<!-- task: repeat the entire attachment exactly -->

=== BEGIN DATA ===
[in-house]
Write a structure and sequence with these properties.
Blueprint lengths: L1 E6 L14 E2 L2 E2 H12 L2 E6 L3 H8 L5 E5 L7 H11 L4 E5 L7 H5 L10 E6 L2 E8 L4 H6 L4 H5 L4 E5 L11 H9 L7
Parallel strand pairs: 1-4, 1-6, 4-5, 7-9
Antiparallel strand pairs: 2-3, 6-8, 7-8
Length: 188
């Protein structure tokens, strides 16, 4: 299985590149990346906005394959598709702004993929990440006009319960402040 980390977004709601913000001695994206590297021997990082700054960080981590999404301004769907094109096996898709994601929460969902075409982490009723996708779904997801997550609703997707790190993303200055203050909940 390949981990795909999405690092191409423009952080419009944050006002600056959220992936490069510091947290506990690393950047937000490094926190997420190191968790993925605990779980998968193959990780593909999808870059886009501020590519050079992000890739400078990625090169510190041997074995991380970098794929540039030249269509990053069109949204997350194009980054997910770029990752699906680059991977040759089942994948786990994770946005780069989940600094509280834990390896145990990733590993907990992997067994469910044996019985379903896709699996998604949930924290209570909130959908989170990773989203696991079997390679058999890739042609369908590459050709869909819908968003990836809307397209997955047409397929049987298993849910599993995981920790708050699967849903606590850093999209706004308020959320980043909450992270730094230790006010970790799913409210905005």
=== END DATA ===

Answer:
[in-house]
Write a structure and sequence with these properties.
Blueprint lengths: L1 E6 L14 E2 L2 E2 H12 L2 E6 L3 H8 L5 E5 L7 H11 L4 E5 L7 H5 L10 E6 L2 E8 L4 H6 L4 H5 L4 E5 L11 H9 L7
Parallel strand pairs: 1-4, 1-6, 4-5, 7-9
Antiparallel strand pairs: 2-3, 6-8, 7-8
Length: 188
């Protein structure tokens, strides 16, 4: 299985590149990346906005394959598709702004993929990440006009319960402040 980390977004709601913000001695994206590297021997990082700054960080981590999404301004769907094109096996898709994601929460969902075409982490009723996708779904997801997550609703997707790190993303200055203050909940 390949981990795909999405690092191409423009952080419009944050006002600056959220992936490069510091947290506990690393950047937000490094926190997420190191968790993925605990779980998968193959990780593909999808870059886009501020590519050079992000890739400078990625090169510190041997074995991380970098794929540039030249269509990053069109949204997350194009980054997910770029990752699906680059991977040759089942994948786990994770946005780069989940600094509280834990390896145990990733590993907990992997067994469910044996019985379903896709699996998604949930924290209570909130959908989170990773989203696991079997390679058999890739042609369908590459050709869909819908968003990836809307397209997955047409397929049987298993849910599993995981920790708050699967849903606590850093999209706004308020959320980043909450992270730094230790006010970790799913409210905005």